Monday, April 20, 2009

When will you stop?

Angulimala (literal meaning of this name is garland of fingers) was a bandit who used to cut his victim's pinkie finger and had made a garland for himself. Every one was afraid of him. When Buddha found out, he ventured into Anguliamala's territory by himself. Every one was worried for Buddha's safety. Angulimala saw Buddha moving through his territory and asked Buddha to stop. Buddha kept walking, he showed no trace of fear - Angualimala asked him to stop again and Buddha said - I stopped a long time ago, when will you stop? Angulimala did not understand and asked Buddha what he meant. Buddha said that he cast off violence towards other beings and Angulimala is unrestrained, that's how he has stopped and Angulimala didn't. And the story goes that he became a disciple of Buddha and attained arahatship.

This question - "When will you stop?" has a deep meaning. It is not just in terms of violence towards other beings. It is also our violence towards ourselves. We pushing ourselves to become something, to gain something, to achieve fame, power, money. We push our loved ones to do the same. When will we stop? When will we start teaching our children to be content, happy and aim for peace of mind? When will we stop preparing them for the rat race?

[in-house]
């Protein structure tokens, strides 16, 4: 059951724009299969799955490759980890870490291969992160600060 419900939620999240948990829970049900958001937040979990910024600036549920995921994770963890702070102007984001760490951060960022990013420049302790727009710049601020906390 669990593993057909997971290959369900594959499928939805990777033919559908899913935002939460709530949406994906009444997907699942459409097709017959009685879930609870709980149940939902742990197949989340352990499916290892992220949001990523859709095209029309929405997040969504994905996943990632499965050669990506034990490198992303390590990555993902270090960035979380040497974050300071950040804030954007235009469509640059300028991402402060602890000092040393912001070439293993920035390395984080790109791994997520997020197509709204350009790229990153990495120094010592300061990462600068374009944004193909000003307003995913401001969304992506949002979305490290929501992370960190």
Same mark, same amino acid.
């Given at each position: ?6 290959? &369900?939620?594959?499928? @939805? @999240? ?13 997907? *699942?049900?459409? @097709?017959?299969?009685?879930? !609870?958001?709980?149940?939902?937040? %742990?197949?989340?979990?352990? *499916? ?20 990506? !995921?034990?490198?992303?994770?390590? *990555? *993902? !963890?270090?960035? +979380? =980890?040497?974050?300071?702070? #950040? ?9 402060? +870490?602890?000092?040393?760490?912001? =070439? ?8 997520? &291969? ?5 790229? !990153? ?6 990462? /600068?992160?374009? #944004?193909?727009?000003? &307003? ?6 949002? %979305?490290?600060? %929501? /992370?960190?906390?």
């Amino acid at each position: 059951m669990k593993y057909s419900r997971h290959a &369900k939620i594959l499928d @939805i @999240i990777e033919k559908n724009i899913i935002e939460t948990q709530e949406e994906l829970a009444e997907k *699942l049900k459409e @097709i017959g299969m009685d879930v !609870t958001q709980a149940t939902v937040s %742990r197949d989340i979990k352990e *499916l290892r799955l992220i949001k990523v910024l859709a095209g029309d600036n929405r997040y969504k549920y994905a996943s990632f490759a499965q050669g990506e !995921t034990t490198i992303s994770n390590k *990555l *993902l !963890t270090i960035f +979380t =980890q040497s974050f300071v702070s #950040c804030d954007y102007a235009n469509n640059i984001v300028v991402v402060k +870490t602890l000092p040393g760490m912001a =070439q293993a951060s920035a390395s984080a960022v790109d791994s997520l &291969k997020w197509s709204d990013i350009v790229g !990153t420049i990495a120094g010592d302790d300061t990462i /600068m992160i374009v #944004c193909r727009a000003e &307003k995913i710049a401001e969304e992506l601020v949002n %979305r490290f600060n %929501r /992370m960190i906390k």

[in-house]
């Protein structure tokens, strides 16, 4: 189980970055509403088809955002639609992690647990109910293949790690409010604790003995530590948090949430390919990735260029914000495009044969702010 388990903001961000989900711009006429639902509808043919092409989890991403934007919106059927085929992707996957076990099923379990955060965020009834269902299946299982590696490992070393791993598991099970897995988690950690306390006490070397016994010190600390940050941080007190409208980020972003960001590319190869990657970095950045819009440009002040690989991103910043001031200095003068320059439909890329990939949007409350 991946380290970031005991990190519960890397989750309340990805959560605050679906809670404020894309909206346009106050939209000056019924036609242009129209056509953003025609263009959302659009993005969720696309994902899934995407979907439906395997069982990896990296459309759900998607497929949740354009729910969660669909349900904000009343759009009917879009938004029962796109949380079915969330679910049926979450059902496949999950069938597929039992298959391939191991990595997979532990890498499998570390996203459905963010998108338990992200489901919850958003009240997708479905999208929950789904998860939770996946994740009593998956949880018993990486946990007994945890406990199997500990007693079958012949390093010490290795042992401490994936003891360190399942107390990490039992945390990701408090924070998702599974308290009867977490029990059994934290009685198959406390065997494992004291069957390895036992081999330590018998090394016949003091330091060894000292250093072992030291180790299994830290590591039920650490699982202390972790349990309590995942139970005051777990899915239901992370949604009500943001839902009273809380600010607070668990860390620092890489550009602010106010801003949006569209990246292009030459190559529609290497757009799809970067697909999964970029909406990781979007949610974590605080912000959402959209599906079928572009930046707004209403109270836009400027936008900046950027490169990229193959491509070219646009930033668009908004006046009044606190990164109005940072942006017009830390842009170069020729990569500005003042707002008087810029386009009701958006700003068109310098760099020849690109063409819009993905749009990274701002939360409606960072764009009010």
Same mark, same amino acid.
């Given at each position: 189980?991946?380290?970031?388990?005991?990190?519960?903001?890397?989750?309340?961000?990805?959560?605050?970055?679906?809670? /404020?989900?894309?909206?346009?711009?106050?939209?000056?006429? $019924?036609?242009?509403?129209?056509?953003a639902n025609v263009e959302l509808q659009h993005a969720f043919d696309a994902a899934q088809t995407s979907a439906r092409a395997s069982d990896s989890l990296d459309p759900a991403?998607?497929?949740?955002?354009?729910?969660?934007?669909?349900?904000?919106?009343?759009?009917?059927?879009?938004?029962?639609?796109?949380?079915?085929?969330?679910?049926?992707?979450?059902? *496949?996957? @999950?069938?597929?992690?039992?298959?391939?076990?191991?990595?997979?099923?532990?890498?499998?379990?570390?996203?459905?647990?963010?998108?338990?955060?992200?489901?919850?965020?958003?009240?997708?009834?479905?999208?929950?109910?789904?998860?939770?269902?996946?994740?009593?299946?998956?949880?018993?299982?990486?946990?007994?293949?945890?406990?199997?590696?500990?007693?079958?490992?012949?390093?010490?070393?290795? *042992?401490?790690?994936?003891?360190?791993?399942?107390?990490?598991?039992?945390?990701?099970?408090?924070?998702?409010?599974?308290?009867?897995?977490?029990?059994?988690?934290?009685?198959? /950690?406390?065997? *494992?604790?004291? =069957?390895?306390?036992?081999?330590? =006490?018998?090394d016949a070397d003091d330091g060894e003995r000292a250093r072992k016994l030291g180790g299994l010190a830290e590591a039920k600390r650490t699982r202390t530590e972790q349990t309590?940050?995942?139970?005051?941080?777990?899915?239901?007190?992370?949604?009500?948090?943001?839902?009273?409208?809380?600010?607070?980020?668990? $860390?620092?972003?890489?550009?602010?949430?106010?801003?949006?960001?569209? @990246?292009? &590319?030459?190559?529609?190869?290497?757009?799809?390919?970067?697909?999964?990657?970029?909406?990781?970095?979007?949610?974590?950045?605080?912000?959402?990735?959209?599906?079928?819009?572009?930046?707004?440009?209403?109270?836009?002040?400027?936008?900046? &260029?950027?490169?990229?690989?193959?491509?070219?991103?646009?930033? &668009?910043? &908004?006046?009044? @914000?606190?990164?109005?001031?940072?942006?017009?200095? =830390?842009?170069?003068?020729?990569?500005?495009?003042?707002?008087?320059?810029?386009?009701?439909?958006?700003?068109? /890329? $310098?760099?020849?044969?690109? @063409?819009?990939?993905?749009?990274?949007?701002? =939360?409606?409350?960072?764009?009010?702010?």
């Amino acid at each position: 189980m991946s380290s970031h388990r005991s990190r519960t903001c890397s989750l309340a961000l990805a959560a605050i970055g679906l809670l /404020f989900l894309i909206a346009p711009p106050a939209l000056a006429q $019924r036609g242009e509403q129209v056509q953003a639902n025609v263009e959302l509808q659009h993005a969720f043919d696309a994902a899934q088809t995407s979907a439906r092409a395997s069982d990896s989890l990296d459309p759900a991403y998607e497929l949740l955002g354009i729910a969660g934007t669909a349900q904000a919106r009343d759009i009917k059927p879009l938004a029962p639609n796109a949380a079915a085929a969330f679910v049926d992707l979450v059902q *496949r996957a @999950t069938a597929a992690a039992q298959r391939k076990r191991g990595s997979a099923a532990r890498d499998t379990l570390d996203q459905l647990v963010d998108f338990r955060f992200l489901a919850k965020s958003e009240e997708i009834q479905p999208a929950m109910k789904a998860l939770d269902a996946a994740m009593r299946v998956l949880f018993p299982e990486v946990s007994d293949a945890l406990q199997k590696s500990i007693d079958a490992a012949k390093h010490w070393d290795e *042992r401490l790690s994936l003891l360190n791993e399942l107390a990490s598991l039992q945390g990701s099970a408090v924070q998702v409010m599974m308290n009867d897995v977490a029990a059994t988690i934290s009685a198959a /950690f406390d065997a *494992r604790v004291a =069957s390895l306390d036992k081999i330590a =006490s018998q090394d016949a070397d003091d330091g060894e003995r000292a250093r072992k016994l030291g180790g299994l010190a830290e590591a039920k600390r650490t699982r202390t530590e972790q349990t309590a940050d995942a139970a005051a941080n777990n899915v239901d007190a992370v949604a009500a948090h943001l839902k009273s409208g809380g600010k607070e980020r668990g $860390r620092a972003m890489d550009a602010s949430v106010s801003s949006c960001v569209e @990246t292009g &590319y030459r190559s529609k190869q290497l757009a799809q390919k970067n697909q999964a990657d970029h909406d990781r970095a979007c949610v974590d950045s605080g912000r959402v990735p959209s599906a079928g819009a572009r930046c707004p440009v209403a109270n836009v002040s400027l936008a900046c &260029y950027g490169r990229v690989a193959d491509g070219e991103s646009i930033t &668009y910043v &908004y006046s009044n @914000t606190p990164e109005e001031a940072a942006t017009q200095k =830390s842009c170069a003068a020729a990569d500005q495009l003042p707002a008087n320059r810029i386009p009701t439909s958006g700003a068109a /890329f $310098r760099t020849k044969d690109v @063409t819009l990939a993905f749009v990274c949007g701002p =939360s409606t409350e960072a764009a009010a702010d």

1. This is one of my very favorite stories from the Buddha. I think it somehow reassures me, because Angulimala had killed 999 people wen he came upon the Buddha (who was going to be his 1000th victim). If Angulimala can attain liberation after killing 999 people, there is so much hope for the rest of us. In some way I am inspired by it. Thanks for sharing it!

  2. It is a very inspiring story and those words - when will you stop, just stuck with me.

  3. I love and embrace your idea of stopping. Stop and know, yes?

  4. Well said, Anne. I did not start any part of knowing till I slowed down. Being an impatient and go-getter person that I am, slowing down was an important lesson to be learned.

  5. I googled "blue cliff experience" and I found
    your blog posting...interesting that we
    have Dharma friends in common worldwide via

    The precepts are the core of my practice
    and "non-harming" is the lifeblood of of
    the precepts so I enjoyed this post.



  6. Thanks Pete. Yes, there is a lot of cyber dharma, so as to speak..:) We are forutnate to live in times when knowledge and experience is not closely guarded to chest and every one has an opportunity to learn.